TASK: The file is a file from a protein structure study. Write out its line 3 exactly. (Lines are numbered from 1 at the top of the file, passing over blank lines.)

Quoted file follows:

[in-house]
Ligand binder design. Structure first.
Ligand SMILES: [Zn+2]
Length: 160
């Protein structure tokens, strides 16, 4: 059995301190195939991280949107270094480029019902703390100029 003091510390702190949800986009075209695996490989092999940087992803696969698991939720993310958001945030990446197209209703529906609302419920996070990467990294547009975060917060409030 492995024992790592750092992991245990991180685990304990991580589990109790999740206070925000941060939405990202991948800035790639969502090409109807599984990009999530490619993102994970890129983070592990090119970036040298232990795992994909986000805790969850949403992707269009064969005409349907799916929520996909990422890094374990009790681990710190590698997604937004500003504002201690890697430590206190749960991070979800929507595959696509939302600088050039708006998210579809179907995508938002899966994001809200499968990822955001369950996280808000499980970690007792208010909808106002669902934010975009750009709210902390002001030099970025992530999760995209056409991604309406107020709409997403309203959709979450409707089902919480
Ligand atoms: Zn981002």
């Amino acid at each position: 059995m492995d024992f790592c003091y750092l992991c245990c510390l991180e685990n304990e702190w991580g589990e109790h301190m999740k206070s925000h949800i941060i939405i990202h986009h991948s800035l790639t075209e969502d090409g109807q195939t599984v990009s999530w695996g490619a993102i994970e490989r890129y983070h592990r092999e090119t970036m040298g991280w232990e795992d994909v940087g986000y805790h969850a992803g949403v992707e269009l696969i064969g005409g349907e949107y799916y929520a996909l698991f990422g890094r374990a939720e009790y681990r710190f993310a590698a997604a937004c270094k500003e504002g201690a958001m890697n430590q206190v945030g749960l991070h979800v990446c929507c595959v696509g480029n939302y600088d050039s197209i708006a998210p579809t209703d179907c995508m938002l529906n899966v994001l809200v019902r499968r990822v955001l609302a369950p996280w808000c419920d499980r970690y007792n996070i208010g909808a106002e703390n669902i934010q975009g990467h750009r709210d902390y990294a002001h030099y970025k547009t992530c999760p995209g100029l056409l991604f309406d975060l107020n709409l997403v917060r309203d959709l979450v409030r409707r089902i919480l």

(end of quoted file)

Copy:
Ligand SMILES: [Zn+2]